Kanye West is gearing up to drop a new album — an event that would've been a major pop culture moment 10 years ago. But his reputation has fallen dramatically in recent years as he's embraced MAGA politics, conspiracy theories, and most recently, blatant anti-semitic rhetoric.
Yet, West remains an object of fascination for the media who, despite all his seemingly cancelable behaviour, can't seem to quit covering him.
Music journalists Dalton Higgins and Leor Galil unpack the Kanye conundrum: the desire to distance themselves from the trainwreck, but the inability to look away.
We've included some highlights below, edited for length and clarity. For the full discussion, listen and follow the Commotion with Elamin Abdelmahmoud podcast, on your favourite podcast player.
LISTEN | Today's episode on YouTube:
Elamin: The Kanye onslaught of news just means we kind of semi-permanently exist in a Kanye news cycle, which is not a way to live. I cannot dis-recommend this enough. Dalton, in recent years, Kanye has also done a lot to provoke Black people, right? He said that slavery is a choice. He's worn All Lives Matter T-shirts to troll the Black Lives Matter movement. Just last week at the Vultures release party, which is his new project that's supposed to come out, he performed in a black version of a KKK hood. As a Black man, how do you square these provocations, these gestures with an artist whose music you really like — but also with an artist who at the start of his career, made Black liberation at least a part of the story that he was trying to tell?
Dalton: Kanye West is an equal opportunity offender. I think watching that footage a couple days ago, for me it was equal parts sad, disappointing, disturbing and somewhat bizarre. What you were witnessing there was the new Kanye, which is obviously not to be confused with the old Kanye, where the focus used to be on creating life-altering music and art.
What happened a couple of days ago was also very predictable. I think the part that really gets me as someone who is Black and of African descent is this scene we saw in that 10 to 15 minute rant. It looked like a train wreck, and it's being broadcast on IG Live in real time. That's sad, too, because it looked to me like he was almost having a psychotic episode, and there's nothing cute or funny about that when we talk about issues tied to mental health. So that's what I saw: this Black male figure having what appeared to me to be a bit of a breakdown, and everybody sharing it on social media and taking some great joy and delight at that. That's saddening to me, personally.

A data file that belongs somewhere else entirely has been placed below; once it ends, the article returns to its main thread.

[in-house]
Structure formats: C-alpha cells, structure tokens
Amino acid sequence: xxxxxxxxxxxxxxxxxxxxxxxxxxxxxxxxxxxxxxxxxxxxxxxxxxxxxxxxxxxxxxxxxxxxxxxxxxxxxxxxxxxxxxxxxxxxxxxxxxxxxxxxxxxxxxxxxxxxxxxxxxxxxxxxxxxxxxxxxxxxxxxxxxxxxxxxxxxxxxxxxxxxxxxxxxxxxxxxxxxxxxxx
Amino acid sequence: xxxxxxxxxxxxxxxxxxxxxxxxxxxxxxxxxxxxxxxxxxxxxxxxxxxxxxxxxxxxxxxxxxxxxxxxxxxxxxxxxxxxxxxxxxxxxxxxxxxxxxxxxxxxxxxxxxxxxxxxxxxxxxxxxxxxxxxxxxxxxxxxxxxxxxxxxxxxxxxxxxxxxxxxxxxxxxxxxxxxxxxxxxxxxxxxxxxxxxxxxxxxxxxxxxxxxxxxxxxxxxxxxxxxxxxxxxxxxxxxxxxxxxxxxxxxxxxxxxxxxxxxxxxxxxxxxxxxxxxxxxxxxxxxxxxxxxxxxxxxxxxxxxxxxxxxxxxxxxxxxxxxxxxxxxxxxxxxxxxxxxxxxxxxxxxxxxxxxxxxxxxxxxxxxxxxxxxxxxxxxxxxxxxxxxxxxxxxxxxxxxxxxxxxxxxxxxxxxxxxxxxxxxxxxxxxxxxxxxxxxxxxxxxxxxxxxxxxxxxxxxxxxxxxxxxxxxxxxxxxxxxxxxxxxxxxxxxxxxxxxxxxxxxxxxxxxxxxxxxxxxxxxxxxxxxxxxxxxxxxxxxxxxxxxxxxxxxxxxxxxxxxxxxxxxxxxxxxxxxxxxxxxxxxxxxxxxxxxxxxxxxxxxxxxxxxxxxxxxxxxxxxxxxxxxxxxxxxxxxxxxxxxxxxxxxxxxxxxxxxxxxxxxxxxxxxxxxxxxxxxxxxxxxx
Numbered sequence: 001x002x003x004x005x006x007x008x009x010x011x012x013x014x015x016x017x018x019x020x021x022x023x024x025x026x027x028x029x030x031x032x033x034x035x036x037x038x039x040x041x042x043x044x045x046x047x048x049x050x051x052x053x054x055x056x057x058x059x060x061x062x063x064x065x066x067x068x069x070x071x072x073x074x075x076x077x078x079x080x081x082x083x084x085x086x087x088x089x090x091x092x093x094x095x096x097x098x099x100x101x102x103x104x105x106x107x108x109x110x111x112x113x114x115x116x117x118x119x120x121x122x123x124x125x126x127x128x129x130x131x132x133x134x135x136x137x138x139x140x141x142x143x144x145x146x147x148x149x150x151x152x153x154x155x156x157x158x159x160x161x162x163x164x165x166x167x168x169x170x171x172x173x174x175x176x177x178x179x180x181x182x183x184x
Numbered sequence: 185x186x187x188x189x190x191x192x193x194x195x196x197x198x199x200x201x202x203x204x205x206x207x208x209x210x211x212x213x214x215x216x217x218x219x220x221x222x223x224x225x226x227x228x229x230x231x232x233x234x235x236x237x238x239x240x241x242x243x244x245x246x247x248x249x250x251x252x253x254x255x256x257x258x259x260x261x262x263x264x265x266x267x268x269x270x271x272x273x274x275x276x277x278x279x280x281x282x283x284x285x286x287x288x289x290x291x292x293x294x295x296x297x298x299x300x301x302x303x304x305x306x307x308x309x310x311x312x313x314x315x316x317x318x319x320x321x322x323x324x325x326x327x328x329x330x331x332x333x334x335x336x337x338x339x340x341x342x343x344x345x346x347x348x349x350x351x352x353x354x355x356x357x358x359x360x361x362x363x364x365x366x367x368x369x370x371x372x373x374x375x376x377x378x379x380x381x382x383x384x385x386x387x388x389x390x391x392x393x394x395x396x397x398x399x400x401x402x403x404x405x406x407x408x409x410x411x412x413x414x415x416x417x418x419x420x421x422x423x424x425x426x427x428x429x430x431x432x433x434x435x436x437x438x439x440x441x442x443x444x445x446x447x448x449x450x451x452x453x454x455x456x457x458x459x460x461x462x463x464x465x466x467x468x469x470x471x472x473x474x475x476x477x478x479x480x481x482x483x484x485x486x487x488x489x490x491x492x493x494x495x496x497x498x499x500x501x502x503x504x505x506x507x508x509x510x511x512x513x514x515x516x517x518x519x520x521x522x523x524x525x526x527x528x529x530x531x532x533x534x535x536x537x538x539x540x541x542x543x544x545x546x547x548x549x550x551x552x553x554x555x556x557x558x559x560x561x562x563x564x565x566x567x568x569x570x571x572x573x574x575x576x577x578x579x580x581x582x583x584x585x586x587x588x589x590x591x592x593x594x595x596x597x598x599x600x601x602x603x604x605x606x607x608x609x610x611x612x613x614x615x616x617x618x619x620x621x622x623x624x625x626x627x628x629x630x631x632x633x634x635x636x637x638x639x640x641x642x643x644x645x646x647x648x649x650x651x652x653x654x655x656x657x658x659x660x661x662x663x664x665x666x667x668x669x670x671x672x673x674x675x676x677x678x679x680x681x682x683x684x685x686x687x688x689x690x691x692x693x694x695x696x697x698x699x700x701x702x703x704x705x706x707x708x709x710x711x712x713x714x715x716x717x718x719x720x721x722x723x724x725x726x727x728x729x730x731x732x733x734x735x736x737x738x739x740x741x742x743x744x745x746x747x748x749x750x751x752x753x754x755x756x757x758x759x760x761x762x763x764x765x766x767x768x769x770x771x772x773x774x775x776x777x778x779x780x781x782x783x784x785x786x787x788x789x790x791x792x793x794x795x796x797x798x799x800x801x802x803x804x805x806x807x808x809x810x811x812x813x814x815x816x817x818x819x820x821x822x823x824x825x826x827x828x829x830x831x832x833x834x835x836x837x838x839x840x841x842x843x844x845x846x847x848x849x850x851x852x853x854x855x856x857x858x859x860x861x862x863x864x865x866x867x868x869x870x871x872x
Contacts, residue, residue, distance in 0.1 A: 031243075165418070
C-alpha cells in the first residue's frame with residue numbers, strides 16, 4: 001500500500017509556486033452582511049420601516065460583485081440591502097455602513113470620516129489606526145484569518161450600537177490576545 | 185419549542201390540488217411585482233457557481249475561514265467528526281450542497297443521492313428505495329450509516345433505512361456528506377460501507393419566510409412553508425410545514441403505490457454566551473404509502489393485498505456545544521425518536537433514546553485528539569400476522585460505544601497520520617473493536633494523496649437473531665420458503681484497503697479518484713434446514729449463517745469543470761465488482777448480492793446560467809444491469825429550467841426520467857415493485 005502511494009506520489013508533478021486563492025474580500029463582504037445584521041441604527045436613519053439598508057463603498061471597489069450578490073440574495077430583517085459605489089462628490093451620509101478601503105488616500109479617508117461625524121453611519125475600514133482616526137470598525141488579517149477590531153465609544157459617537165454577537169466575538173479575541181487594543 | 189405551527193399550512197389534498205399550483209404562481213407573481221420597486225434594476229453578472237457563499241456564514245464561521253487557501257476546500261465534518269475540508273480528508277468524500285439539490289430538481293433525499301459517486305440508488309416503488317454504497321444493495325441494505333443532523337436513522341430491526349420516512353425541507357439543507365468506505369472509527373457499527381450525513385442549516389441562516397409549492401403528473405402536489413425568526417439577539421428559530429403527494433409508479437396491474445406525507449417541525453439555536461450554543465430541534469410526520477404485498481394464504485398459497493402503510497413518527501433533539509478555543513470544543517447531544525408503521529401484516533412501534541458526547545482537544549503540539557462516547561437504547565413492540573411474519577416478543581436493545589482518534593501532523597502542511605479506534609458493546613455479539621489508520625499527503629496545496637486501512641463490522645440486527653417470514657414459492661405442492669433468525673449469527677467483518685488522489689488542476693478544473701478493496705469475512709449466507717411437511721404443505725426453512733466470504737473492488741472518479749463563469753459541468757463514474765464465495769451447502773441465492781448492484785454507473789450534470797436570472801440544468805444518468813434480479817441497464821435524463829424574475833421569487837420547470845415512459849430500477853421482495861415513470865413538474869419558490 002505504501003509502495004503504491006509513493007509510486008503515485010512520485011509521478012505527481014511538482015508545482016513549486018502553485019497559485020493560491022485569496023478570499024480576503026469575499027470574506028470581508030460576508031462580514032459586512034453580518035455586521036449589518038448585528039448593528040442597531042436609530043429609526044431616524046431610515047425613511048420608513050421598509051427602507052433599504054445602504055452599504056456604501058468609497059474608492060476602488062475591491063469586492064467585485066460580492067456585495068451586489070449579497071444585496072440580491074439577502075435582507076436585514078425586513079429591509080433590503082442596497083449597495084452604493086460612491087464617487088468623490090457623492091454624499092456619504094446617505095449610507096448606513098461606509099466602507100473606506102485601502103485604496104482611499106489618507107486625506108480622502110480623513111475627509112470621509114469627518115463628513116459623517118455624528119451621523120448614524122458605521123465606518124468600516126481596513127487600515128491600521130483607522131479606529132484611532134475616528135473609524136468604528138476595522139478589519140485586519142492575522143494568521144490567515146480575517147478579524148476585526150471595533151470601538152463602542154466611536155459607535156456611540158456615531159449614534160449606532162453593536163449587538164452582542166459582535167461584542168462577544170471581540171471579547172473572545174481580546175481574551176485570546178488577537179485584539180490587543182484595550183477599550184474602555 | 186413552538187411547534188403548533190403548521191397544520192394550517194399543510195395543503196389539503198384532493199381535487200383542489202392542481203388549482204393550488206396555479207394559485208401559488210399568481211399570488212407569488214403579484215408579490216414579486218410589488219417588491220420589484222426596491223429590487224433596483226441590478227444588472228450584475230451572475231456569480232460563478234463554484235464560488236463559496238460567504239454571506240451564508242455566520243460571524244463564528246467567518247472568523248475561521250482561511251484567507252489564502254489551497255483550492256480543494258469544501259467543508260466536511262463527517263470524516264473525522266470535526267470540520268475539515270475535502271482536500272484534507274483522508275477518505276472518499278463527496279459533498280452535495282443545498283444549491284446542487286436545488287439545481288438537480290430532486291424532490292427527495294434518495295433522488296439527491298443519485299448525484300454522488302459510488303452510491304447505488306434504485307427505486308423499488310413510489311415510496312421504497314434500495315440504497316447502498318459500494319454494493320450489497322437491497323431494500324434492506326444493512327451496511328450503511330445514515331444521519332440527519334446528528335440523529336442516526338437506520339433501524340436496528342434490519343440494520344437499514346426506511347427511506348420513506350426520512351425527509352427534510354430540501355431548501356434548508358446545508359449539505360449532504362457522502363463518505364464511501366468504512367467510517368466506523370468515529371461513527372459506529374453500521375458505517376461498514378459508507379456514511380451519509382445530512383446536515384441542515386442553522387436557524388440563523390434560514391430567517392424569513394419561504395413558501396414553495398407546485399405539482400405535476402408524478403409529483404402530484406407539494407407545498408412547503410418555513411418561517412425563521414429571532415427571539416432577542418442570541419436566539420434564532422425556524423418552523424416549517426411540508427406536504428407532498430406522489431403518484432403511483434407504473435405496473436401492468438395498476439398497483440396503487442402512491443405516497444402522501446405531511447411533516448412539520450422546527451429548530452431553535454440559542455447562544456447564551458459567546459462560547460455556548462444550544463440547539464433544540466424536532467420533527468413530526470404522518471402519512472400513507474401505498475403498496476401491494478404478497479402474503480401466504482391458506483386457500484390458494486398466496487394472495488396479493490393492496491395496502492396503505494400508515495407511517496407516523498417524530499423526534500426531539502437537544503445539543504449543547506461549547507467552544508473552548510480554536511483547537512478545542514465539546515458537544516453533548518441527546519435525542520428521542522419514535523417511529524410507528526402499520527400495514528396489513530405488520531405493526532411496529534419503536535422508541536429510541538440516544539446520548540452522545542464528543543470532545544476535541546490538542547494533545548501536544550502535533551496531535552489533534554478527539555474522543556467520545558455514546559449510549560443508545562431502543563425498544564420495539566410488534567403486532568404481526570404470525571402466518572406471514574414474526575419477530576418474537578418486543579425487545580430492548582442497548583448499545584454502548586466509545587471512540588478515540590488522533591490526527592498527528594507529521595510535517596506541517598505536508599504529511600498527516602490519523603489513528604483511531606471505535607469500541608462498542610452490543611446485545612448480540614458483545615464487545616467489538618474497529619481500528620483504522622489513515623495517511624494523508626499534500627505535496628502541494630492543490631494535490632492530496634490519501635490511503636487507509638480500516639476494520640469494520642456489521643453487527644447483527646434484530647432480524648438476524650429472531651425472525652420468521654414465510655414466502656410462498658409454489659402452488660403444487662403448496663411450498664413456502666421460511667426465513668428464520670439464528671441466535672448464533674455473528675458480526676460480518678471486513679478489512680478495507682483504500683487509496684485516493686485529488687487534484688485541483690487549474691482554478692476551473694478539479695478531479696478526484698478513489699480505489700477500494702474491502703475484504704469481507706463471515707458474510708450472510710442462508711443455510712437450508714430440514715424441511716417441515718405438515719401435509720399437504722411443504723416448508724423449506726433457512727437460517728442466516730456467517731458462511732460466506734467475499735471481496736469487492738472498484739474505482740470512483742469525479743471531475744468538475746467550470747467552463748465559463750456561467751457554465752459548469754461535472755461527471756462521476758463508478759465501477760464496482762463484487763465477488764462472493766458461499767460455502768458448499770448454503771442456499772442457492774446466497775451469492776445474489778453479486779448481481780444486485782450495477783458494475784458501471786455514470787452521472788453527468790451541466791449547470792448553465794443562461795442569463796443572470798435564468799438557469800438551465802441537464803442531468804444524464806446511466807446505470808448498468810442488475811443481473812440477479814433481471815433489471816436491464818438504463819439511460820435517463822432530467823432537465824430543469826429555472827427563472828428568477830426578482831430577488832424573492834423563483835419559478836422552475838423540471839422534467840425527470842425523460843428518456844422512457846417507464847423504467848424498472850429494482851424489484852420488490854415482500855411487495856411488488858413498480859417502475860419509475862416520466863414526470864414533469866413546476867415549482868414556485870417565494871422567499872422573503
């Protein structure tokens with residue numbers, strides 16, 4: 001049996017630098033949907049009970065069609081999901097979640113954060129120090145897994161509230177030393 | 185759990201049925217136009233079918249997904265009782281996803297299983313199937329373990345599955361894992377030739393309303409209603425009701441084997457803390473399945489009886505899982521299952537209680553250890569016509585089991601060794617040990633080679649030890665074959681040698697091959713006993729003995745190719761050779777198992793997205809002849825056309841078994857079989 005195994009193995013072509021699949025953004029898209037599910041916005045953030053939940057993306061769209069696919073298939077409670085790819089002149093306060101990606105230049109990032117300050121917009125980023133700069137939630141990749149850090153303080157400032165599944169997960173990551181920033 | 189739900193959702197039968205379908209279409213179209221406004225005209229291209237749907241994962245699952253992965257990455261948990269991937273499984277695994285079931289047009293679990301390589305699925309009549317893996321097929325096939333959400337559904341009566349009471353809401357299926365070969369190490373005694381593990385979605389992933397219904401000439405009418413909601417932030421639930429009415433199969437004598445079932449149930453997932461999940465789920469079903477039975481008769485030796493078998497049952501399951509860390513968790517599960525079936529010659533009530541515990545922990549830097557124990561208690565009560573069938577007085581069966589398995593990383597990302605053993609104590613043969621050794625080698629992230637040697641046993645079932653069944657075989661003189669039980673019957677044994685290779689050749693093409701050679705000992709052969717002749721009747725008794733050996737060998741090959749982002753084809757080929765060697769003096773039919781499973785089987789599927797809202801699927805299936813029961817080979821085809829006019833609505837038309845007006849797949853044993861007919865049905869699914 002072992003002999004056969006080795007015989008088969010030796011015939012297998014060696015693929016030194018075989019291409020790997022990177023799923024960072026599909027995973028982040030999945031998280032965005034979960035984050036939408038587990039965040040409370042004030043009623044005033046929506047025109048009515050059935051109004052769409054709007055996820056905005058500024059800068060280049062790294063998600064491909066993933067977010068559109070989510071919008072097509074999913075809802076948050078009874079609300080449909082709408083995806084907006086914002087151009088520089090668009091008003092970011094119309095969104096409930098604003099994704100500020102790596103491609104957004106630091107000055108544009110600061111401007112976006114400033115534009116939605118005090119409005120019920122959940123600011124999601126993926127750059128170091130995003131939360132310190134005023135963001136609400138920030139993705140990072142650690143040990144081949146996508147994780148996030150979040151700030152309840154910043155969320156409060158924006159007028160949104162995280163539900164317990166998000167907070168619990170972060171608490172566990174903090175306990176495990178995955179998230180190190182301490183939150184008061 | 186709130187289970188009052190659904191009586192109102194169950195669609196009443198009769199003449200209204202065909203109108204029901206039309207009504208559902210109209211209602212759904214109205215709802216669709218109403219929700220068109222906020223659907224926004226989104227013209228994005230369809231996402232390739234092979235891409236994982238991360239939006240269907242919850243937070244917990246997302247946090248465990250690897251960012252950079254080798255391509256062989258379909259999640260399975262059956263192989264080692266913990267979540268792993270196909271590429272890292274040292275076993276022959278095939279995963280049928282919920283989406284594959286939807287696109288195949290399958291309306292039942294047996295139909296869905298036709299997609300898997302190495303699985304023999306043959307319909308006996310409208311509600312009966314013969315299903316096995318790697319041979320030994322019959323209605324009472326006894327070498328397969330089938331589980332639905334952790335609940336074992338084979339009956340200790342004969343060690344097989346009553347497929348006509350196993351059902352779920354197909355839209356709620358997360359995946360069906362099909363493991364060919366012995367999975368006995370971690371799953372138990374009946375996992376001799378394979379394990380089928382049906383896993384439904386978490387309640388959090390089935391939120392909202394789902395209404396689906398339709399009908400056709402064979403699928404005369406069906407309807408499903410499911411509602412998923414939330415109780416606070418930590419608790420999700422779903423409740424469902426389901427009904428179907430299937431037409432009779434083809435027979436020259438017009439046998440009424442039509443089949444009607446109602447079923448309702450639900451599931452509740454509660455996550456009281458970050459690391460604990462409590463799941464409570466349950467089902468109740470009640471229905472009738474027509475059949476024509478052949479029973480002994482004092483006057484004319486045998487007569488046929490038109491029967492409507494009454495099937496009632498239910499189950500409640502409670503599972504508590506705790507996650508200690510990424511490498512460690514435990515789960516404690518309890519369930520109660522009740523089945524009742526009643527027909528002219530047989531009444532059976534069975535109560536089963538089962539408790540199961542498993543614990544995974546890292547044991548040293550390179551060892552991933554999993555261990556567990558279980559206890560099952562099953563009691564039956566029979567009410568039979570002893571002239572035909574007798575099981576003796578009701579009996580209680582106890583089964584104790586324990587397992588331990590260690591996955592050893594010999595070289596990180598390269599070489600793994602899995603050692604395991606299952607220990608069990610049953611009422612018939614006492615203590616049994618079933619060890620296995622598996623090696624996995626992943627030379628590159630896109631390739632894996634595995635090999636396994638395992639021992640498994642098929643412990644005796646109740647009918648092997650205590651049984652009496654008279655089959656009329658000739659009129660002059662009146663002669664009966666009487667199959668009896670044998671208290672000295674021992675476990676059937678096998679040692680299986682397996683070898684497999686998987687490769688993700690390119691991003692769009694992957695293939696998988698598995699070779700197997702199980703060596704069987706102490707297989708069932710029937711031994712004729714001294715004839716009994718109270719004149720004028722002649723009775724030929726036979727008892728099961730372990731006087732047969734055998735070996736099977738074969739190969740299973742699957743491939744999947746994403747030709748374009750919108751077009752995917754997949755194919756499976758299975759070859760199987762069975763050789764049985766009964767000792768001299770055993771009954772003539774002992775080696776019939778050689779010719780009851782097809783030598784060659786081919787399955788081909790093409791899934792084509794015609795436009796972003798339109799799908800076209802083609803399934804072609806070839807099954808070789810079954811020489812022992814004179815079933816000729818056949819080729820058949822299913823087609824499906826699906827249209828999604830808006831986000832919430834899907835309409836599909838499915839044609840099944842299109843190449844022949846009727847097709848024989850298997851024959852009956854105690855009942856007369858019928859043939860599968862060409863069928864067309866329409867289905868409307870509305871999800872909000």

Elamin: Yeah, I struggle with that a lot because every time that a Kanye rant gets broadcast, I don't look at that and go, "Oh, I see someone who is healthy." I mean, he is often yelling at the camera. Whoever is holding the camera is often someone who's very far away from the epicenter of who Kanye considers his people. And you kind of go, "This, to me, looks like an isolated person." However, you can't divorce that from the fact that a lot of people go through very difficult mental health problems without resorting to anti-Semitism, without resorting to outright racism. I mean, in that 10 to 15 minute rant, we couldn't even broadcast a clip from that rant because it was just a constant onslaught of racism and constant onslaught of anti-Semitism. How do you square the way that we talk about his mental health with the way that we sort of hold him to account, if we do at all?
Dalton: Well, I think our interest in Kanye mostly stemmed from his music output — its high production quality, he's a fantastic producer, his rapping, his lyricism as he often times has some interesting things to say on the mic. So many of us Kanye-philes, I think we didn't really sign up for this. I don't care so much about this sideshow Yeezy routine. And what I noticed, too, is most of the focus and attention on these things having nothing to do with music. We're hearing his issues tied to politics and religion, and sportswear companies, and child custody — everything but the actual music, right? So that's kind of weird.
Elamin: Lior, we have to say when a celebrity does or says something that is indefensible, I think the media has a way of just kind of stopping writing about them, stopping giving that person oxygen, right? They stop promoting their work. The artist is essentially removed from the conversation and it takes a long time for those artists to come back into the conversation again. As Dalton just mentioned, Kanye clearly has had this reputational hit as a musical artist for a bunch of albums. They've not been that well-reviewed — and yet his every move is still covered by the media. You can have an Instagram influencer in the room holding up a camera and then news stations are going to run the clip of everything that he's saying. He's still working with some big name artists and producers. Why do you think we're still invested in the Kanye sideshow, as Dalton put it?
Leor: I mean, years ago he became a celebrity. He crossed over from being somebody who is important because of his once-in-a-generation voice and music, and into being a public figure in part because of his once-in-a-generation voice. Whatever he does is going to make the news. Granted, it is at a much more diminished rate now, and we're only seeing it when he does something outlandish. But that's the entire reason why we keep hearing Kanye not because of what he's doing creatively, but because of what he's said in a place of, oftentimes, when he's hurt.
You can listen to the full discussion from today's show on CBC Listen or on our podcast, Commotion with Elamin Abdelmahmoud, available wherever you get your podcasts.
Panel produced by Stuart Berman.